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Wednesday, February 21, 2018

The Decline of Party Capacity in the House

In the last two decades, the House of Representatives has lost a great deal of institutional capacity. Sources of expertise and spaces for deliberation and policy formulation are all in decline. Most of these resources are nonpartisan or bipartisan—but Congress’ capacity does not exist entirely outside of its parties. The House parties have provided internal mechanisms that have served party goals by complementing rather than replacing a robust committee system and other sources of institutional strength, and they could do so again. There is no reason why strong political parties cannot coexist with a process of serious policy development and consensus building, a combination that would allow rank-and-file party members a greater investment in the party’s work.
The current House majority is highly centralized, governing from the top with little real involvement by the membership. This condition is what we would expect from a cohesive majority in a highly polarized House, but it is increasingly in tension with a caucus that is deeply divided over policy and strategic decisions. House majorities (and minorities, too) navigated this combination of strong partisanship and serious internal division more effectively when their organizations provided structure for member involvement.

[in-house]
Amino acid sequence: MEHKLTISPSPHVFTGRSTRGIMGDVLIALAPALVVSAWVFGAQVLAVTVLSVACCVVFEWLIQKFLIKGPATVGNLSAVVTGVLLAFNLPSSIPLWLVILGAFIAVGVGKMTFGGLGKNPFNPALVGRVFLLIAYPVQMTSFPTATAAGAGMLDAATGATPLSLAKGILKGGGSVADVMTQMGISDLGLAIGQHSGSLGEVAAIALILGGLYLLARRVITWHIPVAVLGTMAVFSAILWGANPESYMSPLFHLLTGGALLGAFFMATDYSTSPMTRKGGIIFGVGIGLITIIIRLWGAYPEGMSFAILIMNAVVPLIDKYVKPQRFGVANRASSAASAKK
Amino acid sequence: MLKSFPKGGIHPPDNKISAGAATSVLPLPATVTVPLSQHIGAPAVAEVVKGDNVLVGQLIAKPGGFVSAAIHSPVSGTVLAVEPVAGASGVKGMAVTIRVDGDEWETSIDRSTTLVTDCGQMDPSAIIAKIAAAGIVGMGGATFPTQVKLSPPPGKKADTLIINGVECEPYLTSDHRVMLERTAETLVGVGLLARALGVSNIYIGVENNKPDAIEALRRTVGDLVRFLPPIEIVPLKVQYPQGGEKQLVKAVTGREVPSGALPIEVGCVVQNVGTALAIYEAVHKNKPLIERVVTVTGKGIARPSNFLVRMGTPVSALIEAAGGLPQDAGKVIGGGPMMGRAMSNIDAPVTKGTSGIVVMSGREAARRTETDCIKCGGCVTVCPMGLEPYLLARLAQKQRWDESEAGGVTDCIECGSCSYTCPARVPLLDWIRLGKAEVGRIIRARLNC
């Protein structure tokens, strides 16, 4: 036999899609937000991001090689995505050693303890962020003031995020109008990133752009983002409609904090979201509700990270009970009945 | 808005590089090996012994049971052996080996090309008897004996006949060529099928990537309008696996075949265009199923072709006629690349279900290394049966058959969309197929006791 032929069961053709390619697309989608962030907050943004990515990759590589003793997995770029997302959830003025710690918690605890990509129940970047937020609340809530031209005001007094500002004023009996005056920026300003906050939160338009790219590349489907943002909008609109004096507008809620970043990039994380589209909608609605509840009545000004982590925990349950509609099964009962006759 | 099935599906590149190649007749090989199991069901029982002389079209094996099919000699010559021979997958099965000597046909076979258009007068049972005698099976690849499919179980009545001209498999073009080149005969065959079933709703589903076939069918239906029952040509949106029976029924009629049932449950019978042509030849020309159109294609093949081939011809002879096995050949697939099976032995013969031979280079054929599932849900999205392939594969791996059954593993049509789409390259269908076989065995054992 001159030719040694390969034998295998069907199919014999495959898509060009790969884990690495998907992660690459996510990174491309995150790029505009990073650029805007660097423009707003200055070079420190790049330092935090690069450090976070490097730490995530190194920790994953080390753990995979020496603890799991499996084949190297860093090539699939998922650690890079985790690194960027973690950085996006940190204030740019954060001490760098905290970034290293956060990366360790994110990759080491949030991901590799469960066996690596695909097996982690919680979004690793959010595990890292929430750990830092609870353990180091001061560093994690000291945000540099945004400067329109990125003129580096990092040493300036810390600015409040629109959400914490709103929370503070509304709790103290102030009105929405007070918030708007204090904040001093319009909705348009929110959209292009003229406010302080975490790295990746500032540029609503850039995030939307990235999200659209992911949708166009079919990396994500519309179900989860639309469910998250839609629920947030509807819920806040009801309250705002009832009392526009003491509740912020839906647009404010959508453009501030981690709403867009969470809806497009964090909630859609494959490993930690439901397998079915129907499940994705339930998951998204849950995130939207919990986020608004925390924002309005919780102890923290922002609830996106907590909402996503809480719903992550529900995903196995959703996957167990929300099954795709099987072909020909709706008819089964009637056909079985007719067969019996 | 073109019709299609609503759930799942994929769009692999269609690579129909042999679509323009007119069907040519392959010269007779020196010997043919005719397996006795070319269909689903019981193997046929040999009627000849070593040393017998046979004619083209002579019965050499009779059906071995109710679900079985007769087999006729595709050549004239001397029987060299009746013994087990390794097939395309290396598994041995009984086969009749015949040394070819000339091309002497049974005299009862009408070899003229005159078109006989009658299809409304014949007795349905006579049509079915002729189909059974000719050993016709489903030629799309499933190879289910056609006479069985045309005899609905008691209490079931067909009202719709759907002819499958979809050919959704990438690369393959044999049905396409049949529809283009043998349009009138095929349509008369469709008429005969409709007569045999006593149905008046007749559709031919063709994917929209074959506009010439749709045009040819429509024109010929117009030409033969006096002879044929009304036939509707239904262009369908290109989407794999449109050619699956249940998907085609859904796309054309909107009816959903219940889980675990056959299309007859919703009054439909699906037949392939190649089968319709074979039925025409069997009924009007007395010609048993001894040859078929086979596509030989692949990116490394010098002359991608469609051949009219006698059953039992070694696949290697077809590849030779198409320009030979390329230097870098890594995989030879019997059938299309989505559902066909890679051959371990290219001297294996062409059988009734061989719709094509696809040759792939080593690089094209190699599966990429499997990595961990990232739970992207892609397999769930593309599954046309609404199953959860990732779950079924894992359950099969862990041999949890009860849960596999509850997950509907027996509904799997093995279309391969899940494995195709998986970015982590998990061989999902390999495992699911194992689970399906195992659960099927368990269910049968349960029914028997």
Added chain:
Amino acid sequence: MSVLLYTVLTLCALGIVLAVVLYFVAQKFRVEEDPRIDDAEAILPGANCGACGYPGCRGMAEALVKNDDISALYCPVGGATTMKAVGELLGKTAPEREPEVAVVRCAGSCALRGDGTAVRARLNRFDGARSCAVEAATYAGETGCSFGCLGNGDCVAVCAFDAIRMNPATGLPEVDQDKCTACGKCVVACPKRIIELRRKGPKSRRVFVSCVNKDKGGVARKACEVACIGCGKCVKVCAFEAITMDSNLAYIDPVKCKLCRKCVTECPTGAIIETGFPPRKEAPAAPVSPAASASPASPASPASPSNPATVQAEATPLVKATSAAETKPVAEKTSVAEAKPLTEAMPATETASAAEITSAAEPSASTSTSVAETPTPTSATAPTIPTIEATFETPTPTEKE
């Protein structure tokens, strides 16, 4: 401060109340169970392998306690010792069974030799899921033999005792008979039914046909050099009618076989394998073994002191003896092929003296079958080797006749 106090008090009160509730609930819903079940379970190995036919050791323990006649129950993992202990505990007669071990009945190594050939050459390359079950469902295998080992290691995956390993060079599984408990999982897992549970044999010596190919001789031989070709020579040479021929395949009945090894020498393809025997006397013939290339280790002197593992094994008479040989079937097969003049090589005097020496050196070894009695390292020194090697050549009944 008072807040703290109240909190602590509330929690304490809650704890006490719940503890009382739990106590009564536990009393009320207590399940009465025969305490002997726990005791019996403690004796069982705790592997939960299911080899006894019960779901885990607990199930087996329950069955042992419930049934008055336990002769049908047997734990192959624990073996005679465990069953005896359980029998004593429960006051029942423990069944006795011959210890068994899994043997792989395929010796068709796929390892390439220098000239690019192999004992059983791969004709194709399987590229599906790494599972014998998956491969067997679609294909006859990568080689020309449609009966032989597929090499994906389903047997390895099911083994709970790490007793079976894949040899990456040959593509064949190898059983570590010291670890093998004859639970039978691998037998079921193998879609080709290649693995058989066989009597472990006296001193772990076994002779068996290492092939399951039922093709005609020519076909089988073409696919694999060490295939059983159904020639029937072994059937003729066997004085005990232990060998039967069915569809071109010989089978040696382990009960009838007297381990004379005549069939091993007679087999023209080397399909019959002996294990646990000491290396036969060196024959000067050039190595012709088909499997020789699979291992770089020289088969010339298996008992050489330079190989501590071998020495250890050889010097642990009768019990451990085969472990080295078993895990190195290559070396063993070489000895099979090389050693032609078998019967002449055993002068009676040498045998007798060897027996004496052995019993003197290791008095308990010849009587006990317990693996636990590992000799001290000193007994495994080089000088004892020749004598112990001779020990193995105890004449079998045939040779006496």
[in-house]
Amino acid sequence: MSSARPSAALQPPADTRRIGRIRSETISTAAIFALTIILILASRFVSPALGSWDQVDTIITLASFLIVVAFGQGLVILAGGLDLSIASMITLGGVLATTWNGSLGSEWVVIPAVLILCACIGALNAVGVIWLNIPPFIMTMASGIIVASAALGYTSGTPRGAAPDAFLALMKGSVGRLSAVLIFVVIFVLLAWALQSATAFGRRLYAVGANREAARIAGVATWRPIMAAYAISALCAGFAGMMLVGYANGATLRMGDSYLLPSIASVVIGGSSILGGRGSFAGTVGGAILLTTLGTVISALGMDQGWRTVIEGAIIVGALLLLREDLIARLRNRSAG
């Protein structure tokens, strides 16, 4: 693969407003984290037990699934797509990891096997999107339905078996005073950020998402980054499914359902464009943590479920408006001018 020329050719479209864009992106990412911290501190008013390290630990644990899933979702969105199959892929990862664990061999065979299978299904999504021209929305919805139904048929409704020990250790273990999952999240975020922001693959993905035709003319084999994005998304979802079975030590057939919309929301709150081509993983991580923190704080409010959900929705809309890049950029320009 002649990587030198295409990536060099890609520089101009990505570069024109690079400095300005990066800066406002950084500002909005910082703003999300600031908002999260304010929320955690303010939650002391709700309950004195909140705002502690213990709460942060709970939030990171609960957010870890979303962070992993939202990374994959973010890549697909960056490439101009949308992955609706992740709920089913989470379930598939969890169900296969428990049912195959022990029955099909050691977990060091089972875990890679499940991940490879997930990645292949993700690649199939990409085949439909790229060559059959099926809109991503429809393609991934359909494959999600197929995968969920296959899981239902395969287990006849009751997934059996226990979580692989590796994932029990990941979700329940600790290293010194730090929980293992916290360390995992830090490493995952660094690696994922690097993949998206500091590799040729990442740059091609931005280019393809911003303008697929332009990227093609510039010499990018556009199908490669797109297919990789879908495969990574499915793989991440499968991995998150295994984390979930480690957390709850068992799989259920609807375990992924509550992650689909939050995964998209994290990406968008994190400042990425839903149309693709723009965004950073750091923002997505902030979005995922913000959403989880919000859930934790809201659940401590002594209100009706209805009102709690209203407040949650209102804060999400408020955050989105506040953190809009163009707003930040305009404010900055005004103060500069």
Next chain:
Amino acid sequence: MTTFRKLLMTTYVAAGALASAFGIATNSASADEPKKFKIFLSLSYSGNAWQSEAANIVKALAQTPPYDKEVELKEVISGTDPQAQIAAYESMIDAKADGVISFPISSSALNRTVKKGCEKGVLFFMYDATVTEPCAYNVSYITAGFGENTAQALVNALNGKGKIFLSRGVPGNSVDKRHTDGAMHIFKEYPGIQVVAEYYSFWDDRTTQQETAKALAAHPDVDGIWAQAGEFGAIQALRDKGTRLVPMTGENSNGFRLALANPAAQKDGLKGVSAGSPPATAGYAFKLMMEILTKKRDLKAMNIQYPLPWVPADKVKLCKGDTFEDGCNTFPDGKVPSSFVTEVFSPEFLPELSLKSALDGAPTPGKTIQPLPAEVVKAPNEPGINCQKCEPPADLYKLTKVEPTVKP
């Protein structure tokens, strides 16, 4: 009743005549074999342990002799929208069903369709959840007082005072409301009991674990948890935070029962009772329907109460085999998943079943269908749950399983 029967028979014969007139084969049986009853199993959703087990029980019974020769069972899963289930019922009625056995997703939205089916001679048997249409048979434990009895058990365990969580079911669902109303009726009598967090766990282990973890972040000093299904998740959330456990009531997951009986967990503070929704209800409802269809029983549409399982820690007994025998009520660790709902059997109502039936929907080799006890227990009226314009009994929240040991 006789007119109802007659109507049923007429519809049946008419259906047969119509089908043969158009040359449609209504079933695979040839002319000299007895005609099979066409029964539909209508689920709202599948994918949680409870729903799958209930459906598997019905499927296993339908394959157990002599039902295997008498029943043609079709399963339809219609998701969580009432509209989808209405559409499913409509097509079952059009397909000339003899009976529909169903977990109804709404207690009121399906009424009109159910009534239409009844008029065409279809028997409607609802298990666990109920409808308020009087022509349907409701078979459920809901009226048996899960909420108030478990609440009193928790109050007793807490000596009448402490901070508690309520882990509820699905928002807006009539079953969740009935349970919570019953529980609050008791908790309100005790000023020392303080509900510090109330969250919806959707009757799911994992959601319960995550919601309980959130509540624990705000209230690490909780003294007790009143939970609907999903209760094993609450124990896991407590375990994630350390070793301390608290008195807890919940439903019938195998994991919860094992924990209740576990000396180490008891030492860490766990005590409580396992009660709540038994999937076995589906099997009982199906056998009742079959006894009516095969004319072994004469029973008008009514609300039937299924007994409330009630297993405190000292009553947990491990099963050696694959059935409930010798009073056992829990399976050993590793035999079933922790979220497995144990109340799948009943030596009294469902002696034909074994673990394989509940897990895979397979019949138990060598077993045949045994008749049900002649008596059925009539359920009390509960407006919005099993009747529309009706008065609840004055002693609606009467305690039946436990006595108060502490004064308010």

The expanded party capacity of the 1970s and 1980s did not withstand the conditions of the 1990s and 2000s in the House, at least not in its inclusive, participatory form. Very high polarization fueled greater centralization, while close electoral competition inspired the parties to intensify their organizational focus on messaging. Whip organizations grew more homogenous and their processes more locked-down, and the parties used their policy committees primarily to shape public electoral messages. Increasing party centralization, the absence of party coordinating structures, and the decline of committees now leave the top majority party leadership developing vehicles for “legislating in the dark.” The House GOP has tried to build support for leadership direction through full conference meetings, but these do not appear to be a successful alternative to more organized, inclusive participation earlier in the process.